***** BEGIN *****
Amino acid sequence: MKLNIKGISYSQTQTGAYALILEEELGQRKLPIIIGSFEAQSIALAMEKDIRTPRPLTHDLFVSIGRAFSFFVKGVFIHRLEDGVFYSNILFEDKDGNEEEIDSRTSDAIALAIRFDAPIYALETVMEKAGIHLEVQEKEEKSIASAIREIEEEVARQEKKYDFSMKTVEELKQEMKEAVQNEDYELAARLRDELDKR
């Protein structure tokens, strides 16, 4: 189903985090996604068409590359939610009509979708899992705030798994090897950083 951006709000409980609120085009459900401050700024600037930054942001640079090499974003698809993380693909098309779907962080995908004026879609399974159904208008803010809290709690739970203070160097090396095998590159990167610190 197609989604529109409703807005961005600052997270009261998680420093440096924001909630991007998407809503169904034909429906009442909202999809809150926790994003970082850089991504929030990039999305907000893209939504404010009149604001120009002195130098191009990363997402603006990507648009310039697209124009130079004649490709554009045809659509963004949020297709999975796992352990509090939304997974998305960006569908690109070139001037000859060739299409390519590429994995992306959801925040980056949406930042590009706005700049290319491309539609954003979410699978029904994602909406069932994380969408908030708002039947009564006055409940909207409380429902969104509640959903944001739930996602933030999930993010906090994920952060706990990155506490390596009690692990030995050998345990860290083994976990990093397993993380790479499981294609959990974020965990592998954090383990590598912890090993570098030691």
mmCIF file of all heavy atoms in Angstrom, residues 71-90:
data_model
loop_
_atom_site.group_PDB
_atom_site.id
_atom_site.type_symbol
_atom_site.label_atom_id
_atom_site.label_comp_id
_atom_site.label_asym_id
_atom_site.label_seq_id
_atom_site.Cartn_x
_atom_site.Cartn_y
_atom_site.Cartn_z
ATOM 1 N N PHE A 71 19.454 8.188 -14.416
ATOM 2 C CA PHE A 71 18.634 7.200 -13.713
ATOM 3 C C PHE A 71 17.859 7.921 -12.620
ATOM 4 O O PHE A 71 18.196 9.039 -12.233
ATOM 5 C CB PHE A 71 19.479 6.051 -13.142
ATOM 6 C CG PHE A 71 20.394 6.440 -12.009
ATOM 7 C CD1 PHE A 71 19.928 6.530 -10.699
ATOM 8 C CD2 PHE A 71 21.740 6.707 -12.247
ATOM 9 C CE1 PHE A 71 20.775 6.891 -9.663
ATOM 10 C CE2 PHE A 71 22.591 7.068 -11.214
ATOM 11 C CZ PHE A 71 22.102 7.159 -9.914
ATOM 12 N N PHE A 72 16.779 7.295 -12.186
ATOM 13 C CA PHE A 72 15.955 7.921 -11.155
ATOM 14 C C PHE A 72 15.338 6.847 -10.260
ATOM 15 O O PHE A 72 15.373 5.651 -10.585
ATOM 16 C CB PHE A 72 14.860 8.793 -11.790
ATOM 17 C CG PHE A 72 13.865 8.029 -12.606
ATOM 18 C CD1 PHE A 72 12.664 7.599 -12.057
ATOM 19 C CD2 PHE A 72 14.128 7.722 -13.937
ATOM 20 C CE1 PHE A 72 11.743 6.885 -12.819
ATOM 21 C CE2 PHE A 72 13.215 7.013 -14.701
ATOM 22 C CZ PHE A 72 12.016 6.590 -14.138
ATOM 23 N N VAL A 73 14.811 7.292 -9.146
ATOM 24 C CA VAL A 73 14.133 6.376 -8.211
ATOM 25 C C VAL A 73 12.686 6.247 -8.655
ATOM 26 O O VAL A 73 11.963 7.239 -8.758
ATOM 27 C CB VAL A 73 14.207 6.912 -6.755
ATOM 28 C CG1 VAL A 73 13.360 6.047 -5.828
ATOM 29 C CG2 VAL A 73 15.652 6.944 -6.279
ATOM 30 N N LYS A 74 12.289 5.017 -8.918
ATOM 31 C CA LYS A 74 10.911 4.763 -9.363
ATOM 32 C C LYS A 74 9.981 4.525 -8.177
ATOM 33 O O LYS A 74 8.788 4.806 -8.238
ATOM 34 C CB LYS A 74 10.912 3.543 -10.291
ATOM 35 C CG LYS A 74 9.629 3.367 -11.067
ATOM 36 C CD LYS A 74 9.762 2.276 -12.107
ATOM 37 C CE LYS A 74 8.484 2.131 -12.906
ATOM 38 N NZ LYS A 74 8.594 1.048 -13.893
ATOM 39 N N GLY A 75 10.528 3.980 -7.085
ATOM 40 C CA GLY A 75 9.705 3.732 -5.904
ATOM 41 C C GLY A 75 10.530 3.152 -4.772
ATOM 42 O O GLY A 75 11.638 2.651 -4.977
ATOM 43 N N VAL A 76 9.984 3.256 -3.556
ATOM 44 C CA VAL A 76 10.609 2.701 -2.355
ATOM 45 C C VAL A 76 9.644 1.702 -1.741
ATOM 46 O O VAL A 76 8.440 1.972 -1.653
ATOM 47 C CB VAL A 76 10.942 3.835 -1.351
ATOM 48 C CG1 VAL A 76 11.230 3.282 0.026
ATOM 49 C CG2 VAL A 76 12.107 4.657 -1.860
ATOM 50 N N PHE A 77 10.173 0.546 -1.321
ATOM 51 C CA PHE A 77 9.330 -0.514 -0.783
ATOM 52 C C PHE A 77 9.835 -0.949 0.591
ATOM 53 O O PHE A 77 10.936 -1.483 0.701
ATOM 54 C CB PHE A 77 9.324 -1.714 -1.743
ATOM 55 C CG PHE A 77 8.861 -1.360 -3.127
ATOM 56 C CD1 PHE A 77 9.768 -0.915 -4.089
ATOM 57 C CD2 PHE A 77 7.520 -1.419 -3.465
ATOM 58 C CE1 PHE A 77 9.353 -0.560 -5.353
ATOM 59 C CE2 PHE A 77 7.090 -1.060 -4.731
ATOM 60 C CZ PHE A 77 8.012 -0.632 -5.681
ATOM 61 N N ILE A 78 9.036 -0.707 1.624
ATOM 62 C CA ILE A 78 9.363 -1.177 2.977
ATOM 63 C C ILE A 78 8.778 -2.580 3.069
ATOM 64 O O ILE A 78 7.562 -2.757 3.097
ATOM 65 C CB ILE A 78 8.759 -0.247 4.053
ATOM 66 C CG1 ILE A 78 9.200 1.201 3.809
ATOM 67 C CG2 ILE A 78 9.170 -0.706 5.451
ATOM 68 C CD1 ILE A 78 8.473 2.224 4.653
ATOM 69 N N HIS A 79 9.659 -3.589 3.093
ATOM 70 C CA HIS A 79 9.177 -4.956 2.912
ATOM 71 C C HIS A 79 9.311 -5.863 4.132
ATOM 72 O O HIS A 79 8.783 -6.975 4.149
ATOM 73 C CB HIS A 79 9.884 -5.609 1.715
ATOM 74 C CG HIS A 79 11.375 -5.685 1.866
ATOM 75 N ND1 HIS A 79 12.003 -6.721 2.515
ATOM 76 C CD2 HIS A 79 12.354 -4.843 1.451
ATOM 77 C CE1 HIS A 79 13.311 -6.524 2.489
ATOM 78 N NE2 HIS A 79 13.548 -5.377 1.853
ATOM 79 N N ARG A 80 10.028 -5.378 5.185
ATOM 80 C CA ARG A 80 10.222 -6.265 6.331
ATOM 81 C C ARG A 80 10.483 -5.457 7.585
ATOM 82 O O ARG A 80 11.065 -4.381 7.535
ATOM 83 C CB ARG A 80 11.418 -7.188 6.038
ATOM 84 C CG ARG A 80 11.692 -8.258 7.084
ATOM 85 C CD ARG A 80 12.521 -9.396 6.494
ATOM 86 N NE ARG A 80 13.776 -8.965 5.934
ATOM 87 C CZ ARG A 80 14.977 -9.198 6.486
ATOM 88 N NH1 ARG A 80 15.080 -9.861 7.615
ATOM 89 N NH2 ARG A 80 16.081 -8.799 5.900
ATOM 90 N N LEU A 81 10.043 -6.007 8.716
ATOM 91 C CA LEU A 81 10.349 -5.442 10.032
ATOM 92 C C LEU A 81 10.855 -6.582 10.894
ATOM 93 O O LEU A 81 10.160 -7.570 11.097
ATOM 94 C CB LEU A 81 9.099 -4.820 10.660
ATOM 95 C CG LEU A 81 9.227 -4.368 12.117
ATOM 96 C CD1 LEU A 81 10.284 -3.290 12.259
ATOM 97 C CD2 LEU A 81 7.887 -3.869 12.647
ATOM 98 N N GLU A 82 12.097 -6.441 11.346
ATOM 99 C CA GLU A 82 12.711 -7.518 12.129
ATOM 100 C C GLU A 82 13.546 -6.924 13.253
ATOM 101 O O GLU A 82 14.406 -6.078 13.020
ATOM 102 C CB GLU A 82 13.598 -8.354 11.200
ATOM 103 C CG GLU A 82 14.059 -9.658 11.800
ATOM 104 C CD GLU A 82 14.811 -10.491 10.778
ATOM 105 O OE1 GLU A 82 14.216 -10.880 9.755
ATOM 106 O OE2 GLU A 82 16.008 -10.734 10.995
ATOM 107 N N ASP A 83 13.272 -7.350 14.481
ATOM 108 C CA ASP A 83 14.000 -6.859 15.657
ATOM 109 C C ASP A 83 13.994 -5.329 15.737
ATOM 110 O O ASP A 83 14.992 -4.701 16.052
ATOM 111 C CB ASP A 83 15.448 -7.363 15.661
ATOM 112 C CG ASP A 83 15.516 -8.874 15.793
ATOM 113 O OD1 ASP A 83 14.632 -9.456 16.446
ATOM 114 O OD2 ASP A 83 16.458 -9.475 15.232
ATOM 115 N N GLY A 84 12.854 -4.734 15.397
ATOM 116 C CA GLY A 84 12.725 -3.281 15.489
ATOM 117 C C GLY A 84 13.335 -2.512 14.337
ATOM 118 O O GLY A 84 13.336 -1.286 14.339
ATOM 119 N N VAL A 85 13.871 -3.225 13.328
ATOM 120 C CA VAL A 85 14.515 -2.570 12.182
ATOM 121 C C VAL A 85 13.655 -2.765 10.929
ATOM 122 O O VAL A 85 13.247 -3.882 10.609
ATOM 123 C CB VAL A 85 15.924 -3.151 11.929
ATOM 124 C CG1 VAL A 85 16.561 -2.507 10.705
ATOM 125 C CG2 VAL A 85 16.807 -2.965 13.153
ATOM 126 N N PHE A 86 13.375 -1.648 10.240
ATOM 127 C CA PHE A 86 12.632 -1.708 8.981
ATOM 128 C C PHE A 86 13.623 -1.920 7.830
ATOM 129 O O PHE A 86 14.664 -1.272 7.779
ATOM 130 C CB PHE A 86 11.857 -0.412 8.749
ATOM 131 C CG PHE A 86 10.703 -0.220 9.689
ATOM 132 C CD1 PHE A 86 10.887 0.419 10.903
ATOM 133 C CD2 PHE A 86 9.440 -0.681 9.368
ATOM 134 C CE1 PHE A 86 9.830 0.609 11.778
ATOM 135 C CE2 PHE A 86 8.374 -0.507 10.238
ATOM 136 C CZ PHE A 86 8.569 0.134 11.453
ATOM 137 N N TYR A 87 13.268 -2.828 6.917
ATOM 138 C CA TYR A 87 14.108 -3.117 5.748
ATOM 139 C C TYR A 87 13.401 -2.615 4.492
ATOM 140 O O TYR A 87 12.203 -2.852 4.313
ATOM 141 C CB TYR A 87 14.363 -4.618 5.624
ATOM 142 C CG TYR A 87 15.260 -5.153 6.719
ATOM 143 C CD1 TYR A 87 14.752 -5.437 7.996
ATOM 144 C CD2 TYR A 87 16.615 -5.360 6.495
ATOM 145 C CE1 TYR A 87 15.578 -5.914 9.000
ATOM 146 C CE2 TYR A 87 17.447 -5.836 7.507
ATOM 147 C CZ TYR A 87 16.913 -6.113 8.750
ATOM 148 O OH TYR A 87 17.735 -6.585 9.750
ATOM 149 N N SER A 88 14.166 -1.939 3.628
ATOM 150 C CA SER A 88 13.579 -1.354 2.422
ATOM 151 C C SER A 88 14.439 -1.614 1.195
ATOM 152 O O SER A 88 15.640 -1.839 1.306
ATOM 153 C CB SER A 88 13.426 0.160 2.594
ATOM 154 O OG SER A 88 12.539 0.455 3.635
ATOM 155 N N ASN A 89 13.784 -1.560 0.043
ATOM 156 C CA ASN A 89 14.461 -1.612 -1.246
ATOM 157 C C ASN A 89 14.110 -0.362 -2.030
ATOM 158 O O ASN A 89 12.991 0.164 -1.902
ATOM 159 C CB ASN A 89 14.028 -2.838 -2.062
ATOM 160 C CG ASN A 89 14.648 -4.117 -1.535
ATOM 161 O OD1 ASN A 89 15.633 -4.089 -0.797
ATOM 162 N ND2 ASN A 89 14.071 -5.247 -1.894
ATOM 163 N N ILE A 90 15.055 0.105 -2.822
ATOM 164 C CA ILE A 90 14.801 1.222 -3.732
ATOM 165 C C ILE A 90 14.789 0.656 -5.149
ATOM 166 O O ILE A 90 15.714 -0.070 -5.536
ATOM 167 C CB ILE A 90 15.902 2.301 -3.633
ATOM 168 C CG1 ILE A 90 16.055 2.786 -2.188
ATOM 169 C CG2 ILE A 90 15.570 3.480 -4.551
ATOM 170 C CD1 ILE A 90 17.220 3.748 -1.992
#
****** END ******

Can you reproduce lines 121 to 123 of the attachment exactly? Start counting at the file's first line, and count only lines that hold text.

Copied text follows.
ATOM 106 O OE2 GLU A 82 16.008 -10.734 10.995
ATOM 107 N N ASP A 83 13.272 -7.350 14.481
ATOM 108 C CA ASP A 83 14.000 -6.859 15.657